Nuclear disarmament will be threatened as long as nuclear power plants continue to need and produce nuclear fuel such as plutonium. Fukushima, Cherbonyl, and Three Mile Island all showed the acute vulnerability of nuclear power plants to disastrous releases of radiation by terrorists, by accident, or by natural causes. Nuclear fuel will continue to pollute the Earth long after we are gone. See http://www.facebook.com/end.nuclear.now and www.ippnw.org.
CEASE continues to work to support efforts in the U.S. House of Representatives, to create a Department of Peace, calling for the elevation of the U.S. Institute of Peace to a Cabinet-level Department. The primary function of the Department of Peace will be to research, articulate, and facilitate nonviolent solutions to domestic and international conflict.
We work to end corporal punishment and the physical, mental, and emotional abuse of children, especially in public and private institutions where children are educated but also in the home. We work to reduce the exposure of young children to violence in the home, in the community, in the world, and in the electronic and other entertainment media. Our campaign to get NAEYC to regard war as a form of damaging violence against children in its position statement is continuing.
CEASE supports the Save our Schools March, SaveOurSchoolsMarch.org, which brought thousands ofeducators, parents, and concerned citizens to Washington, DC on July 30, 2011 to stand up for quality public education for all children. Many CEASE members attended both the march and the 2-day conference leading up to it, and others who couldn’t get to Washington participated in local protests held around the country.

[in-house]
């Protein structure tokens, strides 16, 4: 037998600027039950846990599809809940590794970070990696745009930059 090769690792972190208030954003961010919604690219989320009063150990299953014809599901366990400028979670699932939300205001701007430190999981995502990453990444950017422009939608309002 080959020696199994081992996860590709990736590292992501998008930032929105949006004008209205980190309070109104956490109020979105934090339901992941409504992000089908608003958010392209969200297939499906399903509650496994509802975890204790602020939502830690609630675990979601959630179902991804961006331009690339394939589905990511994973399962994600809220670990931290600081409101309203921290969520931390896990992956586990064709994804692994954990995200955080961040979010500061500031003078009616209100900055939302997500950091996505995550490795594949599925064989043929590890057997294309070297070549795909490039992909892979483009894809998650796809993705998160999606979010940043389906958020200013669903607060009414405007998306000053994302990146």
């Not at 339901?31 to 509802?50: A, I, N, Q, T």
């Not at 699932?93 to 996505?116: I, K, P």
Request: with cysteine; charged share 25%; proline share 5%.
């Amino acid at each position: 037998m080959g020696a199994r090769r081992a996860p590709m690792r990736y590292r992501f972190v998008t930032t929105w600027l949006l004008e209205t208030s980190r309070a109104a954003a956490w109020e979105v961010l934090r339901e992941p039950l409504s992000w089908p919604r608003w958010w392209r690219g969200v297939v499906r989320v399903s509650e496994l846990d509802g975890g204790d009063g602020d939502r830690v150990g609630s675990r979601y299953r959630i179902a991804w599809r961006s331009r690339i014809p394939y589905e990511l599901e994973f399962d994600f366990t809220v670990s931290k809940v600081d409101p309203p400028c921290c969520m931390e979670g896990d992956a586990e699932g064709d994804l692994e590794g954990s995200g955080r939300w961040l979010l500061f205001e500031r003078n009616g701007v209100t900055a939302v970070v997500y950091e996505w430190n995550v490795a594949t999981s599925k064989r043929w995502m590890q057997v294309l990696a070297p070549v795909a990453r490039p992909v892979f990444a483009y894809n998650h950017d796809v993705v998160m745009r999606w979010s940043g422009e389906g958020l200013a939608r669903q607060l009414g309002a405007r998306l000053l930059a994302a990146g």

Defending the Early Years, www.deyproject.org, is a project designed to track the effects of new preschool standards on early childhood education; to promote appropriate guidelines for early childhood educators, with a strong emphasis on child-directed play; and to mobilize the early childhood community to speak out with well-reasoned arguments against inappropriate standards, assessments, and classroom practices. The project is directed by Geralyn Bywater McLaughlin, firstname.lastname@example.org , with senior advisers Nancy Carlsson-Paige and Diane Levin. Both Diane and Nancy are long-time and active CEASE members.
CEASE works to help children learn and live nonviolent approaches to conflict resolution for public and private issues. Through them we work with their parents and public officials to do the same, alongside several other organizations. We are continuing to try to convince NAEYC that peace education must be the foundation for its new position statement on violence in the lives of children. The 2010 CEASE Seminar addresses these issues. Please help us in this effort with your own communications to NAEYC and its Governing Board members.